Direct Memory Access, or DMA, is an absolutely essential part of any modern computing architecture. DMA allows the CPU to offload intensive memory access tasks to other components. This then frees the CPU from these menial chores and provides more cycles to more complex tasks for which it is better suited.
For example, perhaps you would like to save this article on your hard drive for future reference. Once you’ve chosen to do this and you’ve chosen a location to save the article, is the CPU really necessary? Are you performing any calculations? Ignoring any progress indicators or file system updating for now, there’s really not much going on here. The data is received by your network card and is then routed to the desired location on your hard drive. Simple. The capabilities of the CPU would certainly be overkill for this type of operation.
Though the basic idea of, and motivation for, direct memory access is quite simple, operations that access memory directly can be quite complex. As you can imagine, when multiple devices (or peripherals) are all attempting to access memory locations trouble can quickly ensue. This is the reason or the requirement for a DMA controller. The DMA controller is the device which controls all DMA operations.
To control the DMA operations, the DMA controller first needs to be setup with information related to the upcoming operation. This information includes things like the source and destination addresses, the mode, and the size of the data to be transferred. The DMA controller is then armed with the knowledge of what to transfer, where to transfer it to, how to do it, and how long to do it for. With this knowledge the DMA controller can then request control of the memory bus from the CPU. When the CPU is ready to relinquish control of the memory bus, the CPU sends an acknowledge single in response to the DMA controller’s request signal.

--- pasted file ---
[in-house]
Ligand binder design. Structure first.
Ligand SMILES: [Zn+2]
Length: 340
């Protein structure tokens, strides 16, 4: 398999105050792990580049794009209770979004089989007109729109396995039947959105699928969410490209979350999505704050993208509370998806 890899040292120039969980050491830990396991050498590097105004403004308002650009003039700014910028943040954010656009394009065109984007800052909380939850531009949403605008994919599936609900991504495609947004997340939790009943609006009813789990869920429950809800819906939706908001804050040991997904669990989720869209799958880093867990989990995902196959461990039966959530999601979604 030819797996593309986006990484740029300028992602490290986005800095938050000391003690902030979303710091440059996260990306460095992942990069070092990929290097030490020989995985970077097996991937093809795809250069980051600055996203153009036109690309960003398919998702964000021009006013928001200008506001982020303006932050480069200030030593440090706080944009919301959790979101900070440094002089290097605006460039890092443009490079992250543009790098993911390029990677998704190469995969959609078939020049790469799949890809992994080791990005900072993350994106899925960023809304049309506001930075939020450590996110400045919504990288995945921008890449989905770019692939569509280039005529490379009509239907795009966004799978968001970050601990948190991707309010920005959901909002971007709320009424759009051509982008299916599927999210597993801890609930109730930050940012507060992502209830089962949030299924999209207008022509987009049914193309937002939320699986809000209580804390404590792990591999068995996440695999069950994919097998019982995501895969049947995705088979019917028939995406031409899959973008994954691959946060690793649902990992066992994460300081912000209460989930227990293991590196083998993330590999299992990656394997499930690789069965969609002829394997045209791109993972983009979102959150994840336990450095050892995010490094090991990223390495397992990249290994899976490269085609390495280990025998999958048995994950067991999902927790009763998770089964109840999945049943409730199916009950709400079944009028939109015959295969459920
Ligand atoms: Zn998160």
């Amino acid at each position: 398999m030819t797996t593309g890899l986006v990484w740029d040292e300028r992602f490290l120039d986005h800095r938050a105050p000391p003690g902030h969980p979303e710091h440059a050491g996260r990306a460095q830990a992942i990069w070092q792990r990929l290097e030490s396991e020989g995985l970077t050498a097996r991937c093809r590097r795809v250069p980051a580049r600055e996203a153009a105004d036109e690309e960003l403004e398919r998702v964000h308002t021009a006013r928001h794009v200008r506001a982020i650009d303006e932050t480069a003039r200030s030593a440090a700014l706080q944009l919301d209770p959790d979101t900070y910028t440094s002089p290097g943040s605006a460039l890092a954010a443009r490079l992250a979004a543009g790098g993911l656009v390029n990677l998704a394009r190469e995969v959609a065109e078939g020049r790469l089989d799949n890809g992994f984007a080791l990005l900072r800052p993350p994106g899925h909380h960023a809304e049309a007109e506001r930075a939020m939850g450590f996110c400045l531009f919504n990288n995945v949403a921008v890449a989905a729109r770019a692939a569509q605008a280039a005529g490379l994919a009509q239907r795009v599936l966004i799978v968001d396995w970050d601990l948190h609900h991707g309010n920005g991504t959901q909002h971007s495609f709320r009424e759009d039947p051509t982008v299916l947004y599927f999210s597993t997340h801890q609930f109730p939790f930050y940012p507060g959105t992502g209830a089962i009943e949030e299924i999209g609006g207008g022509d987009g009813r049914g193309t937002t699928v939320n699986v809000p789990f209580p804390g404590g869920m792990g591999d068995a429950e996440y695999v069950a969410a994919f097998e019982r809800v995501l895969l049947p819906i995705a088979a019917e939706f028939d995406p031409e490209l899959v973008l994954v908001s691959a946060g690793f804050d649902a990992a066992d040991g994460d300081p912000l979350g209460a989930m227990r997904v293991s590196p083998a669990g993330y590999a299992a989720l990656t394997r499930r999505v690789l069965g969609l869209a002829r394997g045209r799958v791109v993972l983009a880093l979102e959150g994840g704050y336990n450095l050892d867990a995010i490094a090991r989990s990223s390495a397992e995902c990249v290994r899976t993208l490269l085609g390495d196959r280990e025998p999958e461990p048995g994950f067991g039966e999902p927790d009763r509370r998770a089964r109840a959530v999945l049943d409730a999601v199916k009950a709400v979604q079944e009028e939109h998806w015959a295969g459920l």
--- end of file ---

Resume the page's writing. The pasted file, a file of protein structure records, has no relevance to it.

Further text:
Figure 1: Direct Memory Access interactions. Courtesy of www.eetimes.com
Burst or Single-cycle
What happens after the DMA controller gains control of the memory bus depends on the mode in which the DMA controller has been instructed to operate in. There are two general modes of operation for DMA controllers. The first of these is referred to as burst. When a DMA controller is operating in burst mode it retains control of the memory bus for the duration of the memory transfer. The negative aspect of operating in burst mode is that the CPU will not be able to access the memory bus until the DMA controller completes the memory transfer. While the CPU will be able to access its L1 and L2 cache, it won’t be able to access any other memory; this will obviously limit what the CPU can accomplish and may result in the CPU having to wait until the DMA controller has completed the memory transfer and relinquished control of the memory bus back to the CPU.
To avoid the unfortunate situation where the CPU is left waiting for the memory transfer to complete, the DMA controller can operate in another mode called single-cycle. While operating in single-cycle mode, the DMA controller relinquishes control of the memory bus after transferring each block of memory. The size of this block is typically 256 or 512 bytes. This then gives the CPU the opportunity to utilize the memory bus for its own purposes without having to wait for any significant amount of time. Unfortunately there is a down side to the DMA operating in single-cycle mode. When the DMA controller relinquishes control of the memory bus it must then send a request to the CPU to regain control of the bus and must then wait for an acknowledge signal from the CPU before regaining control of the bus for another transfer of a memory block. Thus, having to repeat the request/acknowledge sequence many times the total time taken to complete the memory transfer is increased.